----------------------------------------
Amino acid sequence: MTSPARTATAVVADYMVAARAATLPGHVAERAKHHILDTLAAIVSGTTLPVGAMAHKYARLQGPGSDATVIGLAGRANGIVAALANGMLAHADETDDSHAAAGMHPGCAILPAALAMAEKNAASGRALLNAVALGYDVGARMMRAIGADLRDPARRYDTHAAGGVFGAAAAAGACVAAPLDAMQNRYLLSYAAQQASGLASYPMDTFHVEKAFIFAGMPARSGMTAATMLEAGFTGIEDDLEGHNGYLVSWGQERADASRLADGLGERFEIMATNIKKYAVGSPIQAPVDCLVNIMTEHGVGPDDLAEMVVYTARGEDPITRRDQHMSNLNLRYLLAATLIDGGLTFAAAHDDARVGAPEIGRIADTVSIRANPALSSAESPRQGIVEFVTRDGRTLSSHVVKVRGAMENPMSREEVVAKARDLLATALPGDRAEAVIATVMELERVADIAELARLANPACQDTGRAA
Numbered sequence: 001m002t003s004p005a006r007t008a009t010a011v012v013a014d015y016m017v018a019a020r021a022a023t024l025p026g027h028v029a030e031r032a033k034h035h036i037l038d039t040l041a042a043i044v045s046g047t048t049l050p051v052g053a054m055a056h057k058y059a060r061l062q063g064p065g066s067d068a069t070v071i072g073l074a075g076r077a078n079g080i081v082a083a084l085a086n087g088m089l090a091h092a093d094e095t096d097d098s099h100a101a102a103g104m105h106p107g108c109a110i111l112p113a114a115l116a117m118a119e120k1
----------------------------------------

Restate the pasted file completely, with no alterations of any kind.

Amino acid sequence: MTSPARTATAVVADYMVAARAATLPGHVAERAKHHILDTLAAIVSGTTLPVGAMAHKYARLQGPGSDATVIGLAGRANGIVAALANGMLAHADETDDSHAAAGMHPGCAILPAALAMAEKNAASGRALLNAVALGYDVGARMMRAIGADLRDPARRYDTHAAGGVFGAAAAAGACVAAPLDAMQNRYLLSYAAQQASGLASYPMDTFHVEKAFIFAGMPARSGMTAATMLEAGFTGIEDDLEGHNGYLVSWGQERADASRLADGLGERFEIMATNIKKYAVGSPIQAPVDCLVNIMTEHGVGPDDLAEMVVYTARGEDPITRRDQHMSNLNLRYLLAATLIDGGLTFAAAHDDARVGAPEIGRIADTVSIRANPALSSAESPRQGIVEFVTRDGRTLSSHVVKVRGAMENPMSREEVVAKARDLLATALPGDRAEAVIATVMELERVADIAELARLANPACQDTGRAA
Numbered sequence: 001m002t003s004p005a006r007t008a009t010a011v012v013a014d015y016m017v018a019a020r021a022a023t024l025p026g027h028v029a030e031r032a033k034h035h036i037l038d039t040l041a042a043i044v045s046g047t048t049l050p051v052g053a054m055a056h057k058y059a060r061l062q063g064p065g066s067d068a069t070v071i072g073l074a075g076r077a078n079g080i081v082a083a084l085a086n087g088m089l090a091h092a093d094e095t096d097d098s099h100a101a102a103g104m105h106p107g108c109a110i111l112p113a114a115l116a117m118a119e120k1